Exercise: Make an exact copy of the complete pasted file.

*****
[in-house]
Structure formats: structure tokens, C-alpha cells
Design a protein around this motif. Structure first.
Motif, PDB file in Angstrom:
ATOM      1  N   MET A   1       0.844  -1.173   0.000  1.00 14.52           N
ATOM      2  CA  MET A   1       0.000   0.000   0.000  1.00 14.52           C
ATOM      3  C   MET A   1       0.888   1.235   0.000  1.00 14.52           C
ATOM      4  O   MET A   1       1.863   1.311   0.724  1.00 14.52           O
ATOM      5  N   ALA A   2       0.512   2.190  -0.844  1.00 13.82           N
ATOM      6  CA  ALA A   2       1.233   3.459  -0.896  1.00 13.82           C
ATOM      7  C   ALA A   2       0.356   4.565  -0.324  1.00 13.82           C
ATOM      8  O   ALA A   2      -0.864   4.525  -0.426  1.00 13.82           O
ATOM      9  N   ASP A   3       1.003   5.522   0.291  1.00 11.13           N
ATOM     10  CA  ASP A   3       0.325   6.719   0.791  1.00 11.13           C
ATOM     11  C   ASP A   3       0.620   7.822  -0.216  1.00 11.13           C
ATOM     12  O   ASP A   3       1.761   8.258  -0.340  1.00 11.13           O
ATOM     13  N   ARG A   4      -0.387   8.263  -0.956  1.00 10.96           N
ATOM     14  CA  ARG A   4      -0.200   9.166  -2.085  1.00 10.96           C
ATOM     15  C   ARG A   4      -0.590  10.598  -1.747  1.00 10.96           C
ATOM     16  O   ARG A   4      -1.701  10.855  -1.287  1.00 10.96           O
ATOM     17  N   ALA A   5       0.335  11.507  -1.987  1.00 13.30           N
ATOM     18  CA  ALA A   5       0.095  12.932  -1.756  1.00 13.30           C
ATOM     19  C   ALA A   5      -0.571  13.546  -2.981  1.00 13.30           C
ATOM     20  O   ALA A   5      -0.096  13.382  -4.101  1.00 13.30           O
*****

[in-house]
Structure formats: structure tokens, C-alpha cells
Design a protein around this motif. Structure first.
Motif, PDB file in Angstrom:
ATOM      1  N   MET A   1       0.844  -1.173   0.000  1.00 14.52           N
ATOM      2  CA  MET A   1       0.000   0.000   0.000  1.00 14.52           C
ATOM      3  C   MET A   1       0.888   1.235   0.000  1.00 14.52           C
ATOM      4  O   MET A   1       1.863   1.311   0.724  1.00 14.52           O
ATOM      5  N   ALA A   2       0.512   2.190  -0.844  1.00 13.82           N
ATOM      6  CA  ALA A   2       1.233   3.459  -0.896  1.00 13.82           C
ATOM      7  C   ALA A   2       0.356   4.565  -0.324  1.00 13.82           C
ATOM      8  O   ALA A   2      -0.864   4.525  -0.426  1.00 13.82           O
ATOM      9  N   ASP A   3       1.003   5.522   0.291  1.00 11.13           N
ATOM     10  CA  ASP A   3       0.325   6.719   0.791  1.00 11.13           C
ATOM     11  C   ASP A   3       0.620   7.822  -0.216  1.00 11.13           C
ATOM     12  O   ASP A   3       1.761   8.258  -0.340  1.00 11.13           O
ATOM     13  N   ARG A   4      -0.387   8.263  -0.956  1.00 10.96           N
ATOM     14  CA  ARG A   4      -0.200   9.166  -2.085  1.00 10.96           C
ATOM     15  C   ARG A   4      -0.590  10.598  -1.747  1.00 10.96           C
ATOM     16  O   ARG A   4      -1.701  10.855  -1.287  1.00 10.96           O
ATOM     17  N   ALA A   5       0.335  11.507  -1.987  1.00 13.30           N
ATOM     18  CA  ALA A   5       0.095  12.932  -1.756  1.00 13.30           C
ATOM     19  C   ALA A   5      -0.571  13.546  -2.981  1.00 13.30           C
ATOM     20  O   ALA A   5      -0.096  13.382  -4.101  1.00 13.30           O